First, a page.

Guest Blog by Hannah Renier, Hannah has ghost-written several family histories, edited others and edited some nineteenth-century journals, besides ghost-writing books for a well-known historian. History and genealogy have become her passion and she’s writing a book about Leicester Square.
Last year I was working on a book about London’s horses, and how they pretty well built the city I live in; so among thousands of other resources I consulted books about the RSPCA. (And no, I didn’t immediately discern the link to Jewish graveyards either.)
After all sorts of scandals and disappointments at the start, the infant SPCA of the late 1820s was taken in hand by a regular little firebrand called Lewis Gompertz. He kept the whole thing going, and made it grow, for about six years before a gaggle of conspirators had him thrown out because his views were too radical. Ill-concealed anti-semitism appears to have motivated them. He founded the Animals’ Friend Society which, for as long as it lasted, was more effective than the SPCA.
This year, at a monthly meeting of londonhistorians.org – in the pub – having retold the story of Mr G, I was asked to write a piece for their members-only newsletter. So I had to find out more.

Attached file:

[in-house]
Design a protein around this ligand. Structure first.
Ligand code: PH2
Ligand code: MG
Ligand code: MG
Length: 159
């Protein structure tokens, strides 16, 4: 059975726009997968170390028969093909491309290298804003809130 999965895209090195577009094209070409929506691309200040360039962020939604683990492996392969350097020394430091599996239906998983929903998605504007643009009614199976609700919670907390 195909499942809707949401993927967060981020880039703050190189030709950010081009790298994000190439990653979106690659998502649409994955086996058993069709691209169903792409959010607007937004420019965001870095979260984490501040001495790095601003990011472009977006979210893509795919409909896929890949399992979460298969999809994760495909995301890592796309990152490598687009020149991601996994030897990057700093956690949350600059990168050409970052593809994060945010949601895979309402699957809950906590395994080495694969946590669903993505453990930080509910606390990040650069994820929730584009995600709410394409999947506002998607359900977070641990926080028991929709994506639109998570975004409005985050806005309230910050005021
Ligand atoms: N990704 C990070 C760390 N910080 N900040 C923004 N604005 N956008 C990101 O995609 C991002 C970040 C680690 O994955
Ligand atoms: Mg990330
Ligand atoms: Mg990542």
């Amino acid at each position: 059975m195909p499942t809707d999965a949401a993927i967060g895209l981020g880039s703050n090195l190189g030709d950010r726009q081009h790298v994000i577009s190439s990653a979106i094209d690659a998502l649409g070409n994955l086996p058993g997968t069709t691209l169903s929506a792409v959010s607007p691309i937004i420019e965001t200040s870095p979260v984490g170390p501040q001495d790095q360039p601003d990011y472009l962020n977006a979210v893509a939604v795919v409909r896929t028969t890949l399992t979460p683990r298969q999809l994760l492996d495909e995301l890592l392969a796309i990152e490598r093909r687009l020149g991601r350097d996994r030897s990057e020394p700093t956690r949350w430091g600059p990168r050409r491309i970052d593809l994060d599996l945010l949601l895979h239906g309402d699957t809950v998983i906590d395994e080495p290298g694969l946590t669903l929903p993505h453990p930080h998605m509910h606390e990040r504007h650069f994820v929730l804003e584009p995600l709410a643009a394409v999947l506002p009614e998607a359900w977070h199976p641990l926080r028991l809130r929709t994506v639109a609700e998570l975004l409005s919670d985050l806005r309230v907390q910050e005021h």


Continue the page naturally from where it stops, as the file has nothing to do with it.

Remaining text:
I went to the British Library to look at the full Oxford Dictionary of National Biography, some of which you can read online at home for nothing. I learned that Louis Gompertz, an inventor as well as an animal rights campaigner, came from a family of London diamond dealers. There was a longer entry about his more famous brother Benjamin, who married Abigail Montefiore. Benjamin was a brilliant mathematician, the first to come up with credible actuarial tables.
Britannica online (to which I have a sub) had a glancing reference to Benjamin in a related article, but nothing on Lewis.
In Wikipedia I read how Benjamin, a Montefiore and a Rothschild together set up Alliance Insurance in the 1820s. And how Simon Gompertz, of the BBC, is a descendant (as it seems is Will Gompertz of the BBC).
There still wasn’t much about Lewis though. I ordered some of Lewis Gompertz’s books to read in a couple of days’ time, and went home.
I was stuck – who were the ‘Gompertz of Emmerich’ family from which, according to these sources, they came? Emmerich is close to the Dutch border. In cemeteryscribes and synagoguescribes I found the information I wanted, beautifully annotated with associated doubts and queries which – because this is a brief resumé only – I shall ignore. I’ll go for the essentials in the assumption that everyone who’s reading this can research the family on this site.